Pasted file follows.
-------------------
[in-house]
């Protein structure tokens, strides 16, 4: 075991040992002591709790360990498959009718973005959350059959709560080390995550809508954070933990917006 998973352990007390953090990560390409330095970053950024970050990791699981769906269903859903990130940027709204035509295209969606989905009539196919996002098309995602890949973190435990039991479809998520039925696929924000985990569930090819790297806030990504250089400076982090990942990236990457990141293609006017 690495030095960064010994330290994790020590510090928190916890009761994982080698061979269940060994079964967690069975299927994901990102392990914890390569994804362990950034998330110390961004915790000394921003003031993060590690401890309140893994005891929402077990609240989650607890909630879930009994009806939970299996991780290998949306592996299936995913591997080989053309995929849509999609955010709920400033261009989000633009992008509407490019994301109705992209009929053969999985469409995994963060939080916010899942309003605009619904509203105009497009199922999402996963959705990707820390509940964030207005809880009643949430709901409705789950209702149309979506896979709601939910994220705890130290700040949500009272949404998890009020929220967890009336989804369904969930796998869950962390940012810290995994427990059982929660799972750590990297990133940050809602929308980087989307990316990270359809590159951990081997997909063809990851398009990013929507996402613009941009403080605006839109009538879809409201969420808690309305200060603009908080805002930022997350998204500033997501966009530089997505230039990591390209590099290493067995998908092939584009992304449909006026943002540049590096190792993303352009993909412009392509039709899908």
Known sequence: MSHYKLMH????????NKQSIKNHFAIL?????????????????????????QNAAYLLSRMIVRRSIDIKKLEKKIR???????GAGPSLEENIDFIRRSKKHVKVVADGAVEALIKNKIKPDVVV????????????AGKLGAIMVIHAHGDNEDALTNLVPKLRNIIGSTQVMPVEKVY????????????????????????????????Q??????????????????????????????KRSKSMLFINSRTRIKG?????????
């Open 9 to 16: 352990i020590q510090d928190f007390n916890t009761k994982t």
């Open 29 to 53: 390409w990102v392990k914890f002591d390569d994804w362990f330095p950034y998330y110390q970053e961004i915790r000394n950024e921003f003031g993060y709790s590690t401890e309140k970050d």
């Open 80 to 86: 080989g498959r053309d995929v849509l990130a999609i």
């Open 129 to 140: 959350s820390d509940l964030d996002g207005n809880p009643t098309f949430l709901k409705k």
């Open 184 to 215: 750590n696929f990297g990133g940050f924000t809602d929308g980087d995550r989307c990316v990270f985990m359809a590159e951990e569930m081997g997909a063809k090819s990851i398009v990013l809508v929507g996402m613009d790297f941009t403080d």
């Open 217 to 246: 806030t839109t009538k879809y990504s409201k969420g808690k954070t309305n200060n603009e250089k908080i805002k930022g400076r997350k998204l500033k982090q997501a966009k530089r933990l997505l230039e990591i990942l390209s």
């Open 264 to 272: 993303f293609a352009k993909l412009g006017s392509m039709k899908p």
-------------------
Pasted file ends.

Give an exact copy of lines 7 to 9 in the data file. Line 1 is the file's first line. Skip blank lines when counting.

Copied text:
């Open 129 to 140: 959350s820390d509940l964030d996002g207005n809880p009643t098309f949430l709901k409705k």
């Open 184 to 215: 750590n696929f990297g990133g940050f924000t809602d929308g980087d995550r989307c990316v990270f985990m359809a590159e951990e569930m081997g997909a063809k090819s990851i398009v990013l809508v929507g996402m613009d790297f941009t403080d």
């Open 217 to 246: 806030t839109t009538k879809y990504s409201k969420g808690k954070t309305n200060n603009e250089k908080i805002k930022g400076r997350k998204l500033k982090q997501a966009k530089r933990l997505l230039e990591i990942l390209s």